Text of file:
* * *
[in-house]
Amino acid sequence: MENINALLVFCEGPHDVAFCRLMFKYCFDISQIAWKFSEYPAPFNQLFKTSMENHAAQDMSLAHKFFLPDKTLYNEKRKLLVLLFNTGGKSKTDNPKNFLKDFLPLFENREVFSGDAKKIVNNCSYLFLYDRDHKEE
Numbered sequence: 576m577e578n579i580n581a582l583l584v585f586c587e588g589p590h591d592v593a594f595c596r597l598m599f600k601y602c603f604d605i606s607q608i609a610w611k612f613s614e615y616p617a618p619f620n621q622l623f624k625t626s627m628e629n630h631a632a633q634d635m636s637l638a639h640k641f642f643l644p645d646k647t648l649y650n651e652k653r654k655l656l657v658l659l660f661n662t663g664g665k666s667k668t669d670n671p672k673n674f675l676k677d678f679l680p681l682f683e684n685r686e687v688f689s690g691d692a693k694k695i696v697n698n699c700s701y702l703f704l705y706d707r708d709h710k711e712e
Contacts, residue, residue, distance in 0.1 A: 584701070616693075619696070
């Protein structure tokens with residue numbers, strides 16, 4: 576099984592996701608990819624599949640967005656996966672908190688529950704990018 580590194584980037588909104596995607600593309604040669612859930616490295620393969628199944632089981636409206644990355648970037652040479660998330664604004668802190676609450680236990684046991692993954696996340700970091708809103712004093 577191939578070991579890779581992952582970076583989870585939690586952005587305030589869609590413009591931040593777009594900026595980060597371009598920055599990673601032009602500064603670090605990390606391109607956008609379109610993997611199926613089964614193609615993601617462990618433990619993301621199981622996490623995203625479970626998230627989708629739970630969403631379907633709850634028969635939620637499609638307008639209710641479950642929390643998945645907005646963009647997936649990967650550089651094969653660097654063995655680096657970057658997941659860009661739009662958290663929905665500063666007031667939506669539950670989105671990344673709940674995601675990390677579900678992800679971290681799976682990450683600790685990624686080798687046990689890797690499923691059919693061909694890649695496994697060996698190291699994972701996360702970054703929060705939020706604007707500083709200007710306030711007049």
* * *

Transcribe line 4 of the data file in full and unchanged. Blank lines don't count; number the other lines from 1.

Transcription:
Contacts, residue, residue, distance in 0.1 A: 584701070616693075619696070